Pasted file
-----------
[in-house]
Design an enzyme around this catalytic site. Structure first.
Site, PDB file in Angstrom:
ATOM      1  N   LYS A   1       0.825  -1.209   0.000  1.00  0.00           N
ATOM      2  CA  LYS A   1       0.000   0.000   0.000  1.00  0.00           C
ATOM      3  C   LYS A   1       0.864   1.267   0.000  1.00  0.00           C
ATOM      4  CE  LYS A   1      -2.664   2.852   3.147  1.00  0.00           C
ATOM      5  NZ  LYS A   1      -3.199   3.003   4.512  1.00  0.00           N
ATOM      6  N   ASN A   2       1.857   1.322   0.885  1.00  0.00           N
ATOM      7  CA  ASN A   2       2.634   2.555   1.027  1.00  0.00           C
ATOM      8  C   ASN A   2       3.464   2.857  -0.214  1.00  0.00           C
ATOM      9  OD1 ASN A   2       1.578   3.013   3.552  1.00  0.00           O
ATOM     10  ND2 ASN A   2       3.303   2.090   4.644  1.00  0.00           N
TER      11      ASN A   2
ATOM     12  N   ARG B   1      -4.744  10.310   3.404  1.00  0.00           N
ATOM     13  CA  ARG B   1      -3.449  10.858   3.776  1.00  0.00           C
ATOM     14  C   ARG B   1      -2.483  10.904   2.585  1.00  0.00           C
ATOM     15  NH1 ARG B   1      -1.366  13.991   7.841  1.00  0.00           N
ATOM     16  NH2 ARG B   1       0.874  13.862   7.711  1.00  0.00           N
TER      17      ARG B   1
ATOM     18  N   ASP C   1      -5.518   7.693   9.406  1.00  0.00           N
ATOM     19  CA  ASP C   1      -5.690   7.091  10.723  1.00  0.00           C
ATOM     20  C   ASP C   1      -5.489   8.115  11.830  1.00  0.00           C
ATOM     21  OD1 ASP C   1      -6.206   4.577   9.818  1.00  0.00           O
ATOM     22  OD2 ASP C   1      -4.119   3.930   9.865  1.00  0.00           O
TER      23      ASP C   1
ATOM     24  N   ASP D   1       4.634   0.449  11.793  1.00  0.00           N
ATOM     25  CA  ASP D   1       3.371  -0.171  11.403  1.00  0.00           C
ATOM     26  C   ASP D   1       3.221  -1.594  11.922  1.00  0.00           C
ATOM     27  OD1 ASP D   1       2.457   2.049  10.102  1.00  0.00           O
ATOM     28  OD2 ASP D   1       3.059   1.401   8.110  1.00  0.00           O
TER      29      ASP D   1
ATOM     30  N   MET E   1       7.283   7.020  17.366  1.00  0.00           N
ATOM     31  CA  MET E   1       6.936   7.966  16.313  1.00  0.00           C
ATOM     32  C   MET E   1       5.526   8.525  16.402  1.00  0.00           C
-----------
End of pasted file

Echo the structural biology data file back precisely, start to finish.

[in-house]
Design an enzyme around this catalytic site. Structure first.
Site, PDB file in Angstrom:
ATOM      1  N   LYS A   1       0.825  -1.209   0.000  1.00  0.00           N
ATOM      2  CA  LYS A   1       0.000   0.000   0.000  1.00  0.00           C
ATOM      3  C   LYS A   1       0.864   1.267   0.000  1.00  0.00           C
ATOM      4  CE  LYS A   1      -2.664   2.852   3.147  1.00  0.00           C
ATOM      5  NZ  LYS A   1      -3.199   3.003   4.512  1.00  0.00           N
ATOM      6  N   ASN A   2       1.857   1.322   0.885  1.00  0.00           N
ATOM      7  CA  ASN A   2       2.634   2.555   1.027  1.00  0.00           C
ATOM      8  C   ASN A   2       3.464   2.857  -0.214  1.00  0.00           C
ATOM      9  OD1 ASN A   2       1.578   3.013   3.552  1.00  0.00           O
ATOM     10  ND2 ASN A   2       3.303   2.090   4.644  1.00  0.00           N
TER      11      ASN A   2
ATOM     12  N   ARG B   1      -4.744  10.310   3.404  1.00  0.00           N
ATOM     13  CA  ARG B   1      -3.449  10.858   3.776  1.00  0.00           C
ATOM     14  C   ARG B   1      -2.483  10.904   2.585  1.00  0.00           C
ATOM     15  NH1 ARG B   1      -1.366  13.991   7.841  1.00  0.00           N
ATOM     16  NH2 ARG B   1       0.874  13.862   7.711  1.00  0.00           N
TER      17      ARG B   1
ATOM     18  N   ASP C   1      -5.518   7.693   9.406  1.00  0.00           N
ATOM     19  CA  ASP C   1      -5.690   7.091  10.723  1.00  0.00           C
ATOM     20  C   ASP C   1      -5.489   8.115  11.830  1.00  0.00           C
ATOM     21  OD1 ASP C   1      -6.206   4.577   9.818  1.00  0.00           O
ATOM     22  OD2 ASP C   1      -4.119   3.930   9.865  1.00  0.00           O
TER      23      ASP C   1
ATOM     24  N   ASP D   1       4.634   0.449  11.793  1.00  0.00           N
ATOM     25  CA  ASP D   1       3.371  -0.171  11.403  1.00  0.00           C
ATOM     26  C   ASP D   1       3.221  -1.594  11.922  1.00  0.00           C
ATOM     27  OD1 ASP D   1       2.457   2.049  10.102  1.00  0.00           O
ATOM     28  OD2 ASP D   1       3.059   1.401   8.110  1.00  0.00           O
TER      29      ASP D   1
ATOM     30  N   MET E   1       7.283   7.020  17.366  1.00  0.00           N
ATOM     31  CA  MET E   1       6.936   7.966  16.313  1.00  0.00           C
ATOM     32  C   MET E   1       5.526   8.525  16.402  1.00  0.00           C